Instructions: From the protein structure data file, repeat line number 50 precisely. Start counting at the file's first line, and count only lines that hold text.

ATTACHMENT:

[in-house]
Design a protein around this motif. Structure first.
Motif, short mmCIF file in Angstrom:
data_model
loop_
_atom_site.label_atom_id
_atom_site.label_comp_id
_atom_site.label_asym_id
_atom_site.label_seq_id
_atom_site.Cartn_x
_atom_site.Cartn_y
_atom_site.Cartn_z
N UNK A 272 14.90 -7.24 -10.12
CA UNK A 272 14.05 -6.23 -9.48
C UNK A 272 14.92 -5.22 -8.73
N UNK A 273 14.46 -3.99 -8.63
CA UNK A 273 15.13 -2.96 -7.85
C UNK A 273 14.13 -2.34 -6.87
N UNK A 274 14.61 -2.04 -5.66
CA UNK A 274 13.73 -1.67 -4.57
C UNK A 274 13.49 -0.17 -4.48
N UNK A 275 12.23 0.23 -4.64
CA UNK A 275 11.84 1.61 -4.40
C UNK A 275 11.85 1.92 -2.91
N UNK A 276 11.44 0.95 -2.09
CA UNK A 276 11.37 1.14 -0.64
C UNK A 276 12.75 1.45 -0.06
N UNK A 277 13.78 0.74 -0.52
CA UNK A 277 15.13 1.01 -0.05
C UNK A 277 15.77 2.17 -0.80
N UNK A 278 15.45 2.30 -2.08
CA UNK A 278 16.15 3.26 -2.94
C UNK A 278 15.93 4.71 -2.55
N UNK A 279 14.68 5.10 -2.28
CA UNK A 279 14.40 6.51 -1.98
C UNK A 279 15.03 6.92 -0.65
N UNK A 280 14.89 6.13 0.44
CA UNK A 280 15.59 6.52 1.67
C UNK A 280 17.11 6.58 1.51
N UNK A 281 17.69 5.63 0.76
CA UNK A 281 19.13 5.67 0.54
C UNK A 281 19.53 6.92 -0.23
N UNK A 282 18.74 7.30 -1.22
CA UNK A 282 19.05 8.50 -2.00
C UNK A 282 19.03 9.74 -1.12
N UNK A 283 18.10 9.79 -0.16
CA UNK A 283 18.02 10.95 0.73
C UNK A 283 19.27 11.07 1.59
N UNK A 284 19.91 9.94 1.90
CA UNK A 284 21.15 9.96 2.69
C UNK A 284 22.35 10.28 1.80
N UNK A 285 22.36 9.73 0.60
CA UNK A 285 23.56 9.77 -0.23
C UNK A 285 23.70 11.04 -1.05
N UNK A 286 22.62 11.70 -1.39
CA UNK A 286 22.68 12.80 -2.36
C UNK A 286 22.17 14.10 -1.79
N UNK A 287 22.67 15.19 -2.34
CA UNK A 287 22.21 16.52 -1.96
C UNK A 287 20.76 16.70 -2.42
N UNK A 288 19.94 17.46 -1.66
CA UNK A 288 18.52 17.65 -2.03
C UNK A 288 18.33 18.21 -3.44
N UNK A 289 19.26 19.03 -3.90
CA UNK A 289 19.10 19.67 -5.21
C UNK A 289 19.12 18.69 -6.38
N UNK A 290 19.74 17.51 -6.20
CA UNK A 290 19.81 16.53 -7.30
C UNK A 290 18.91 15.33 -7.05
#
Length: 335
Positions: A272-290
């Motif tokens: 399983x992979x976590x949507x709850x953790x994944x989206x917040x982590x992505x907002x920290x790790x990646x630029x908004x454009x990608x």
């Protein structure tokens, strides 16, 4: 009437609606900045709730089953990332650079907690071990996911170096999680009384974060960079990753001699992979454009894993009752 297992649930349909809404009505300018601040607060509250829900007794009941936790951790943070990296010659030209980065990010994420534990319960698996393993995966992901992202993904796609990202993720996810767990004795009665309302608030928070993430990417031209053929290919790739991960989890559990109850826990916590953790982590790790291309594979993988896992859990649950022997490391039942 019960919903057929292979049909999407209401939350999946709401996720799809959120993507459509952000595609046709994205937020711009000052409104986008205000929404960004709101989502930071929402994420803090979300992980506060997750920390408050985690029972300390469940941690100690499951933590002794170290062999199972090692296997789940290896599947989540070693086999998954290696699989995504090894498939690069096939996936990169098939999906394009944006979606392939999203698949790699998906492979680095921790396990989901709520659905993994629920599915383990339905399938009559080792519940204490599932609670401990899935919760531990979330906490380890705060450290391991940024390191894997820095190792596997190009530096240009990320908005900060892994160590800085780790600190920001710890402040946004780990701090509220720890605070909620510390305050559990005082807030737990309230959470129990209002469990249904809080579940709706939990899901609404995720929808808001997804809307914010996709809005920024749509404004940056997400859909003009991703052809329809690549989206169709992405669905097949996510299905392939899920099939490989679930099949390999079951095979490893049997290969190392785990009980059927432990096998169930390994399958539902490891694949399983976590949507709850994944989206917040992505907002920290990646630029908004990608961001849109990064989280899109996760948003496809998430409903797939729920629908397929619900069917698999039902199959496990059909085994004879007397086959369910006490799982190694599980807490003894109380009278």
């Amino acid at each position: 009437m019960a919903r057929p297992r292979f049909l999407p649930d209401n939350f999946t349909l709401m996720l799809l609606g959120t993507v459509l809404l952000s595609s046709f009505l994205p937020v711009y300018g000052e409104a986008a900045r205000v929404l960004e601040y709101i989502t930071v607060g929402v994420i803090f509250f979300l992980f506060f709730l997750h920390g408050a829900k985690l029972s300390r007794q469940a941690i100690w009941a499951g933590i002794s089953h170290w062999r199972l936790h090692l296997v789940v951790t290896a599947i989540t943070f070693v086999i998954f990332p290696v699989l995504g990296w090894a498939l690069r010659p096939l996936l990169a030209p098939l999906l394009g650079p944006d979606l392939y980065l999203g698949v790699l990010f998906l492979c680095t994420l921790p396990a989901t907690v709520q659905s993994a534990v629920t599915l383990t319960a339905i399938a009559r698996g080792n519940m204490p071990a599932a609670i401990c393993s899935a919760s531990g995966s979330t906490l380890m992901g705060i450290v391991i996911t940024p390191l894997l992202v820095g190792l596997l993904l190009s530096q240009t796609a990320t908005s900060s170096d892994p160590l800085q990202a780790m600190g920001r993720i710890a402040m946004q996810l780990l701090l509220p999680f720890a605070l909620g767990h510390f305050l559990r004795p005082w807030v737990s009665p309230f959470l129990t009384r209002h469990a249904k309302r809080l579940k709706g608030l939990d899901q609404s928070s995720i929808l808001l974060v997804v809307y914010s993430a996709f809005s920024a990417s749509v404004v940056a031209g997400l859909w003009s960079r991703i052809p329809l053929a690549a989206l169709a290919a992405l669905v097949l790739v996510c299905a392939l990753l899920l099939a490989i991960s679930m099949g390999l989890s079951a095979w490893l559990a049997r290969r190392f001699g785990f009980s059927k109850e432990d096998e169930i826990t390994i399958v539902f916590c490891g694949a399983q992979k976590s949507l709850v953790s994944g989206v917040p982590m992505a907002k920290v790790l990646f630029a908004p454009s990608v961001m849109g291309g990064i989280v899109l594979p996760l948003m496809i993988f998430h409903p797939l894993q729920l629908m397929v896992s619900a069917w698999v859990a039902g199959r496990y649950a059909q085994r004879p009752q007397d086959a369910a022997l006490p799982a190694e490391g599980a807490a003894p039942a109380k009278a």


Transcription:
CA UNK A 284 21.15 9.96 2.69